Kenya feels a lifetime away. As I sit in my grassy backyard, vast with space and air and growing food, it is difficult for me to remember that just a short time ago I was in Kibera. Kibera, where babies play on banks of sidewalks littered with garbage, where extended families share living space the size of my garden and where it is more common than not to question from where the next meal will come. Here fresh, cold, potable water runs freely from the hose. There the water is too often poison, causing diseases like typhoid and dysentery from the horrifically unsanitary conditions.
As usual, returning to the United States is both a relief and a challenge. While my friends and family understand that the work we do is important, it is difficult for me to share our progress to the extent where they can fully understand. The learning has occurred not only for the teachers and students in Kenya, but also for the LitWorld team. Each visit is an opportunity to witness and participate in the ground-up development of a student-centered, love-inspired learning environment. We are afforded the gift of participating in meaningful transformation.
On this visit I made deep observations and realizations. I observed the love passed between the Red Rose family and the LitWorld team, and I realized the commitment we have to each other. I observed the expansion of Red Rose and Children of Kibera, and I realized the potential of these two great organizations to positively and immensely impact the lives of so many Kiberan youth. I observed the inspiration and empowerment of adolescents, and I realized that giving voice to children will help them seek to solve their own problems and find their own personal justice.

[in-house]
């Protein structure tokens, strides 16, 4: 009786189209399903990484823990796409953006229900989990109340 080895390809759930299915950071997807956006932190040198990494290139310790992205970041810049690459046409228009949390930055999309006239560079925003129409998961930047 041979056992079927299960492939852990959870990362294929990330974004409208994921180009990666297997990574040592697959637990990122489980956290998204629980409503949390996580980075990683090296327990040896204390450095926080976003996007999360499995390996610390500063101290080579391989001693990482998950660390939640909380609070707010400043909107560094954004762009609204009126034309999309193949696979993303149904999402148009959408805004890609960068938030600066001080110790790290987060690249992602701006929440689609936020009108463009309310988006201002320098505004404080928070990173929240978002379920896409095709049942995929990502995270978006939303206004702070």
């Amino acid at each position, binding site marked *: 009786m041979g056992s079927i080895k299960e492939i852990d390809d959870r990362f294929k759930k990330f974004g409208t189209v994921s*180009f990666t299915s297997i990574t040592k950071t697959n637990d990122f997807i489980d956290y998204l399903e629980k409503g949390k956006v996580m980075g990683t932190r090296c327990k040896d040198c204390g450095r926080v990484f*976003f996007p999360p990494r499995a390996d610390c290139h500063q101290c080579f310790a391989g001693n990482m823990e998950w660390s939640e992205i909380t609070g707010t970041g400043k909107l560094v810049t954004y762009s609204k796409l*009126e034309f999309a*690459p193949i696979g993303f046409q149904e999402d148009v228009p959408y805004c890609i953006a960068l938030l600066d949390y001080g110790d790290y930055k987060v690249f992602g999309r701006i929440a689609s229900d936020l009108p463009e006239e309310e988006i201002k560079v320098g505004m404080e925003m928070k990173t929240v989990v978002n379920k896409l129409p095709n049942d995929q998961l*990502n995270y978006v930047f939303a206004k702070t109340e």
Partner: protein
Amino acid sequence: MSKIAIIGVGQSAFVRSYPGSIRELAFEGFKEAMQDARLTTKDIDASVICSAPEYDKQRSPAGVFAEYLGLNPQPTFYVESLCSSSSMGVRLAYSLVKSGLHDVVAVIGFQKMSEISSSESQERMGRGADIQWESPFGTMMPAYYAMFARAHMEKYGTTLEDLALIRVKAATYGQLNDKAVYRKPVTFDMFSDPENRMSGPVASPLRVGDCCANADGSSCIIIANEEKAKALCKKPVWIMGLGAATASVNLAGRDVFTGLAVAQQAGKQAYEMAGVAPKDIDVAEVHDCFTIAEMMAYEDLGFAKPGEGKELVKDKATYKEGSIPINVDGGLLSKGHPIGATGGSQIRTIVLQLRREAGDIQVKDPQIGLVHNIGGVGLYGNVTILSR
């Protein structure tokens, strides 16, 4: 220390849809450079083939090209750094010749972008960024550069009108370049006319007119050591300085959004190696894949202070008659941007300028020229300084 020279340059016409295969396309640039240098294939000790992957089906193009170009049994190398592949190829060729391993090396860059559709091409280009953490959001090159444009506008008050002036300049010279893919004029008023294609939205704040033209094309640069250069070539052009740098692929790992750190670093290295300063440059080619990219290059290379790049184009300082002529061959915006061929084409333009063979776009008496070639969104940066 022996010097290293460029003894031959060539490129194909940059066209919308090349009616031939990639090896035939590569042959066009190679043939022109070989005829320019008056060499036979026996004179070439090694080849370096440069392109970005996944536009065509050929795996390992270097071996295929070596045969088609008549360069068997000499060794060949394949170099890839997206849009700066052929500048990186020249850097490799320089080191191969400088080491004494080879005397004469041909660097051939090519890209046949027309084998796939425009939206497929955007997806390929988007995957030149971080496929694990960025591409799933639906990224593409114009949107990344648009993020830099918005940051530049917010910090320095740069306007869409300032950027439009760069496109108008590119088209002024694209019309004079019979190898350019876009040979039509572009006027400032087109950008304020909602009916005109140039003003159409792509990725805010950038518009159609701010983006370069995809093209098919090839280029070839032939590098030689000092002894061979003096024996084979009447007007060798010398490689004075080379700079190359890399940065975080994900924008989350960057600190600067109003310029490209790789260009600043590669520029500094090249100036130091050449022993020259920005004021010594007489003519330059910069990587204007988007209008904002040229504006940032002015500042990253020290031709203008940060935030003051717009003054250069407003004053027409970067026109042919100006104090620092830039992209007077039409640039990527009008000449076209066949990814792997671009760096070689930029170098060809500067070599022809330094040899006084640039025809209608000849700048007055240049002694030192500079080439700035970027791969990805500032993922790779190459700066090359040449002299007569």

Minutes out of Kenya and already I miss the smoky, dusty air. This place, this work, it embeds itself in your skin, in your mind, in your heart. It leaves you questioning how it is possible that people can be living such different lives just a plane ride away. It demands to know who is protecting the world’s children, who is instilling in them the values of hope and possibility. And it begs for more; we have just only begun.